The Main Suspect In The Assassination Of Ukrainian-Separatist Leaders Appears To Be Their Big Buddy

2016-11-06-1478415003-6470584-Flag_of_the_Donetsk_Peoples_Republic.svg.png

Image: Flag of the separatist Donetsk People's Republic

Three weeks ago a Russian who had led a motley group of Ukrainian separatists and their Russian sympathizers was blown to bits in the elevator of his apartment in the eastern Ukrainian city of Donetsk.

Speculation immediately began about who had killed Motorola, a 33-year-old who had bragged about committing the war crime of executing captured Ukrainian army prisoners.

Speculation centered on three categories of suspects: Ukraine's intelligence service, Russia's intelligence service, and separatist rivals of Motorola, whose real name was Arsen Pavlov.

My guess is that it was the Russian Federal Security Service, or FSB, the successor to the KGB.

I arrived at that conclusion by the process of elimination.

Motorola's assassination was too sophisticated for rival separatists to have pulled off.

It involved a bomb being placed in the elevator at a location the victims were unable to see, and set off by remote control.

Motorola and his bodyguard were wearing full body armor, but the blast was so powerful that all that was left of them was pieces of meat.

The sophistication of the operation indicated that it was done by professional assassins -- either Ukrainian or Russian intelligence.

Although I'm sure Ukrainian intelligence would love to get close enough to the most notorious separatist commanders to wipe them out, those commanders have taken special precautions for a long time to make sure they don't fall prey to Kiev-dispatched assassins.

That makes it unlikely that Ukrainian intelligence operatives have been able to get close enough to key separatist commanders to assassinate them.

The story is different with Russian intelligence.

It would be no problem for FSB agents, disguised as Russian troops or mercenaries, or Russian government functionaries helping the separatists, to learn separatist leaders' routines so they could snuff them.

The assassinations of five high-profile separatist military and political leaders besides Motorola and a dozen lesser ones suggest there is a concerted campaign to purge the current leadership.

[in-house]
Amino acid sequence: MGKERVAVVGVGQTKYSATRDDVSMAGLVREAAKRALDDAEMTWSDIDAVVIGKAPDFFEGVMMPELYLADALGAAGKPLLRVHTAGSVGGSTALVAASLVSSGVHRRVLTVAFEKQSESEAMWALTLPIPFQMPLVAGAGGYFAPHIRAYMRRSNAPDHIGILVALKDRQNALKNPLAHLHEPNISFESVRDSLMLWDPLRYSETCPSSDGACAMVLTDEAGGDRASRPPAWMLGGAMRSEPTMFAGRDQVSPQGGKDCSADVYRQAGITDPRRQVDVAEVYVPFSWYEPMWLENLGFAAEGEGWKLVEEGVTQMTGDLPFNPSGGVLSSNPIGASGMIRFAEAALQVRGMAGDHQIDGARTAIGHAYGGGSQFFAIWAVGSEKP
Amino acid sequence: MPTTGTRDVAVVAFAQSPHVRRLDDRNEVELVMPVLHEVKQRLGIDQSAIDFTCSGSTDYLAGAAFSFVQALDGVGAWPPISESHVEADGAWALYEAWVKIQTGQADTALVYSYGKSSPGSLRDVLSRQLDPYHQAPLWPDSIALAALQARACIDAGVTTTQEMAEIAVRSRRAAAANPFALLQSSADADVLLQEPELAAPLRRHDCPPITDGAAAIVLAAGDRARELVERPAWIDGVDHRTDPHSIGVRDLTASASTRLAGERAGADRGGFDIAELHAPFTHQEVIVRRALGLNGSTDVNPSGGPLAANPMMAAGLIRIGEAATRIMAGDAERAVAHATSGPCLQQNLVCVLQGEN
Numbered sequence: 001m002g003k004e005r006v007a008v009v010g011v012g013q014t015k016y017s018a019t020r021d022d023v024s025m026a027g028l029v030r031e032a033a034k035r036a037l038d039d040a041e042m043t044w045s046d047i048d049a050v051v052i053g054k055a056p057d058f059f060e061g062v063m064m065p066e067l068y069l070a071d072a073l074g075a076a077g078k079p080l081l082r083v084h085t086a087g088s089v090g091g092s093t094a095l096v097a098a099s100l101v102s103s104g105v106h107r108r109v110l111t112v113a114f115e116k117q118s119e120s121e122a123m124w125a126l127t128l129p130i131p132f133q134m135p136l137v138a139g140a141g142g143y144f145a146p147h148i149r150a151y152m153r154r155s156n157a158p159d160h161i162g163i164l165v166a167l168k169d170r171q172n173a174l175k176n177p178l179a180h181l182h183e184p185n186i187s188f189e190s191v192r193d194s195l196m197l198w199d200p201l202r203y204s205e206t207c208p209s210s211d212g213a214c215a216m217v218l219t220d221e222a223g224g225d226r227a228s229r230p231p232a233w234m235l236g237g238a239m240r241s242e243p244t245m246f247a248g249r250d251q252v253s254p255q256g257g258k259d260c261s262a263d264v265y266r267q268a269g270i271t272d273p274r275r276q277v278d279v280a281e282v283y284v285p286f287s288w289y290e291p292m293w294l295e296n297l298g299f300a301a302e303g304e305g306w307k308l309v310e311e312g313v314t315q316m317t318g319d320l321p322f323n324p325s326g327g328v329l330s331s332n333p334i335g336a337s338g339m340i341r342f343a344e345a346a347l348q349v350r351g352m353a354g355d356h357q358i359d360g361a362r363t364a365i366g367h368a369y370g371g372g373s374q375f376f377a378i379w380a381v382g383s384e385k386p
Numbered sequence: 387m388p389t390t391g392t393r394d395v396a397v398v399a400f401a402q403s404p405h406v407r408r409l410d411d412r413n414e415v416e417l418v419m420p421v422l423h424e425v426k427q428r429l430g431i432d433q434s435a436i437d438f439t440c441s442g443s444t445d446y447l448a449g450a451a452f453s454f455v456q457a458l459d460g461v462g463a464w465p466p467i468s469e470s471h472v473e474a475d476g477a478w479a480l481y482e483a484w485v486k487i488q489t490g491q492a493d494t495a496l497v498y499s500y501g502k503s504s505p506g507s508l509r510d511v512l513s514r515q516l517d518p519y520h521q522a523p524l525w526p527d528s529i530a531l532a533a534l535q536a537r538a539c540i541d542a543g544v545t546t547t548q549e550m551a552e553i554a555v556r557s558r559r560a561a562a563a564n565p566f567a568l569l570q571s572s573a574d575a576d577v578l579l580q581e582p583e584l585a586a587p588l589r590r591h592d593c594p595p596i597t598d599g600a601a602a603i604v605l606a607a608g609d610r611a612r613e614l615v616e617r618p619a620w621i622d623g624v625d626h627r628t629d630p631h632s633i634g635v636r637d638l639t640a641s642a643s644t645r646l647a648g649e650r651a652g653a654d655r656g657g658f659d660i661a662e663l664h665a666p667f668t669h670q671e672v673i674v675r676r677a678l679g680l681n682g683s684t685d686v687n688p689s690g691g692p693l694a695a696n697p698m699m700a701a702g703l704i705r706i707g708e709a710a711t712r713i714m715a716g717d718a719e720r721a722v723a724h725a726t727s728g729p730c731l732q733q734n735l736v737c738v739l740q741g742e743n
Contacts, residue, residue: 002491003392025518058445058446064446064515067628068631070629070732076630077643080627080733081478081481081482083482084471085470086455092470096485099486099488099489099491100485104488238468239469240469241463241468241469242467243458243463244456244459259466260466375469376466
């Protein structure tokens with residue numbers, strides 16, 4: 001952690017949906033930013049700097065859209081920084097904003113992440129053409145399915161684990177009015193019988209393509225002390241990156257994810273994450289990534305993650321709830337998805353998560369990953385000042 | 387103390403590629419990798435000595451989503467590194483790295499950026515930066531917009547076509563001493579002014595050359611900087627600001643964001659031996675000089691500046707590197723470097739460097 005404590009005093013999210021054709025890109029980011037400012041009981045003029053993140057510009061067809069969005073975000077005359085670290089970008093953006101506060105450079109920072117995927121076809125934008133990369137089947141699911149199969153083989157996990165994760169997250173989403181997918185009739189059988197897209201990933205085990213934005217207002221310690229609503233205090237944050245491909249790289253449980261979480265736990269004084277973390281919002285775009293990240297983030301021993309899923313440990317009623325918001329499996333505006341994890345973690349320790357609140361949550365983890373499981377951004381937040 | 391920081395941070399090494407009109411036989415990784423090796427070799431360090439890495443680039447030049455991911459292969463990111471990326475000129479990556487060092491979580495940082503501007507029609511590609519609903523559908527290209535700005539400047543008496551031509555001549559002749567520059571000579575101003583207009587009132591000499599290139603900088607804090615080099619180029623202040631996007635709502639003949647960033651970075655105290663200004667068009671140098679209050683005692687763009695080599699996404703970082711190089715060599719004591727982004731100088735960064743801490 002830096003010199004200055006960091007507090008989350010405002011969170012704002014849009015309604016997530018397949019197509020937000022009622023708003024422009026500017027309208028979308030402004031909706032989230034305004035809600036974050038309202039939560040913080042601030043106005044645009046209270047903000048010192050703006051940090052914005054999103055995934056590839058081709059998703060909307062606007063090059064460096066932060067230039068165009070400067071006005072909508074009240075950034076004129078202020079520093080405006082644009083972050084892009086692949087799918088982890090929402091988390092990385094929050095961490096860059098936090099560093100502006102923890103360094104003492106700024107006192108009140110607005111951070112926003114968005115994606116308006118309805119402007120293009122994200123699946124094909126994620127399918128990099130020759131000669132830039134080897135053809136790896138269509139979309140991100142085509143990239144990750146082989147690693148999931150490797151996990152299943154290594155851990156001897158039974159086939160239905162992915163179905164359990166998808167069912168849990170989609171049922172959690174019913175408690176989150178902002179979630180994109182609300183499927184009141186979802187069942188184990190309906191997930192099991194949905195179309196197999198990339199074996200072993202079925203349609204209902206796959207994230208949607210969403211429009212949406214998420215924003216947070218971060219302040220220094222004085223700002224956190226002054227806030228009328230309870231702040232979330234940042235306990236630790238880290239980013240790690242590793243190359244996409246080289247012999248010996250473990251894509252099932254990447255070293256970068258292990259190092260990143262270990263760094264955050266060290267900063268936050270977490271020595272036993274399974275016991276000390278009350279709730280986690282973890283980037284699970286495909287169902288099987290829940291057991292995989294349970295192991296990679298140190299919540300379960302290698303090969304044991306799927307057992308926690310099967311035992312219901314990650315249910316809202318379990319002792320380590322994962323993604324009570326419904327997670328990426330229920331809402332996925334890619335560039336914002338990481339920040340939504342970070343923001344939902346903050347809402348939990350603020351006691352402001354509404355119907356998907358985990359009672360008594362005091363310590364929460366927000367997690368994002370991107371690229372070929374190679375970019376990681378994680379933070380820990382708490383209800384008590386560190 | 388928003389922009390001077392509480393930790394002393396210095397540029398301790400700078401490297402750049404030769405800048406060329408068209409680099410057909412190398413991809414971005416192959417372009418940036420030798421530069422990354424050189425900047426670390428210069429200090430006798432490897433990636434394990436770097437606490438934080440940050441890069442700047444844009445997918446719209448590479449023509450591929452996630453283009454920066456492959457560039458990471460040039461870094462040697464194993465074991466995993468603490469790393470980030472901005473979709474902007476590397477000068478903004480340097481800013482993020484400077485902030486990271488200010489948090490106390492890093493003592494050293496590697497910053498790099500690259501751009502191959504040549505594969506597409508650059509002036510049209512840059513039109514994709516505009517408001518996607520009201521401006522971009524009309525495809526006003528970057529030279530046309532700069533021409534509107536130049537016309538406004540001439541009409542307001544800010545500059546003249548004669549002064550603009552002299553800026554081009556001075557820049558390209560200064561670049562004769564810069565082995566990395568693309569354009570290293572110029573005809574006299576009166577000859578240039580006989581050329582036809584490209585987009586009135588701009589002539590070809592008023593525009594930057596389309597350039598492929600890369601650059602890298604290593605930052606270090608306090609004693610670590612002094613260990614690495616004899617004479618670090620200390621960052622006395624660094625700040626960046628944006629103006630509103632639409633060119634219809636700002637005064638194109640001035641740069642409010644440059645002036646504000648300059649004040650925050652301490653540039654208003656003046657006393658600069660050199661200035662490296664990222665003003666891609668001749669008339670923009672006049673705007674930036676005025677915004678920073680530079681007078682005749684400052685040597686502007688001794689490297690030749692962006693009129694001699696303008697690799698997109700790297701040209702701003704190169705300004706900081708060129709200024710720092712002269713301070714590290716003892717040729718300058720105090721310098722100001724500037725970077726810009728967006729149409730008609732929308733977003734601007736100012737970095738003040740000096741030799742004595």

Why such a campaign?

One explanation is that the Kremlin wants separatist leaders it can control rather than the current crop, some of whom may be construed as too independent.

Moscow's support of the Donetsk and Luhansk Province separatists has come at considerable cost.

It has poured tons of materiel into the east and sent in mercenaries and regular Russian troops, many of whom have returned to Russia in body bags.

Sanctions that the West slapped on Russia for seizing Crimea and aiding the separatists have taken a toll on the economy of Russia, where people are starting to grumble -- albeit quietly, because loud complaints can lead to all kinds of unpleasant retribution.

Those who think Russia is behind the assassinations say the reason for the campaign is that Moscow wants to get out of a situation that is draining it financially and making it an international pariah.

The best extrication tactic would be achieving a peace deal that involves separatist territories remaining in Ukraine but becoming autonomous.

Many believe that a prerequisite for such a deal, however, would be "making the breakaway republics seem respectable to local and international audiences -- and that requires eliminating any would-be allies who have trouble following orders," according to Foreign Policy magazine.

If you think it's cold-blooded to assassinate those who have helped you achieve various political aims so you can get to your next set of goals, well, you're absolutely right.

It's also very Russian.

The Soviet era generated thousands of examples of leaders using others to do their dirty work, then getting rid of them.

I've read that a number of Ukrainian separatist leaders are saying privately -- they wouldn't dare say it publicly, of course! -- that they believe the Russians are behind the assassinations.

This, of course, makes for uneasy sleep for these leaders, as they wonder if they will be next.

It should also make the leaders of countries that are Russian puppets -- like Armenia -- worry about their tenure as well. I'm not suggesting that they need to worry about being killed. There are other ways to oust those who have fallen out of Moscow's favor.

The Russians showed long before their assassination of Josef Stalin's rival Leon Trotsky in Mexico in 1940 that they are ruthless about eliminating those they see as getting in the way of their political goals.

It matters not that many victims once were loyal soldiers, doing the leaders' bidding.

The Ukrainian-separatist leaders who are worrying about how much longer they have to live probably should have read more Russian history before taking up arms against their own government.

Armine Sahakyan is a human rights activist based in Armenia. A columnist with the Kyiv Post and a blogger with The Huffington Post, she writes on human rights and democracy in Russia and the former Soviet Union.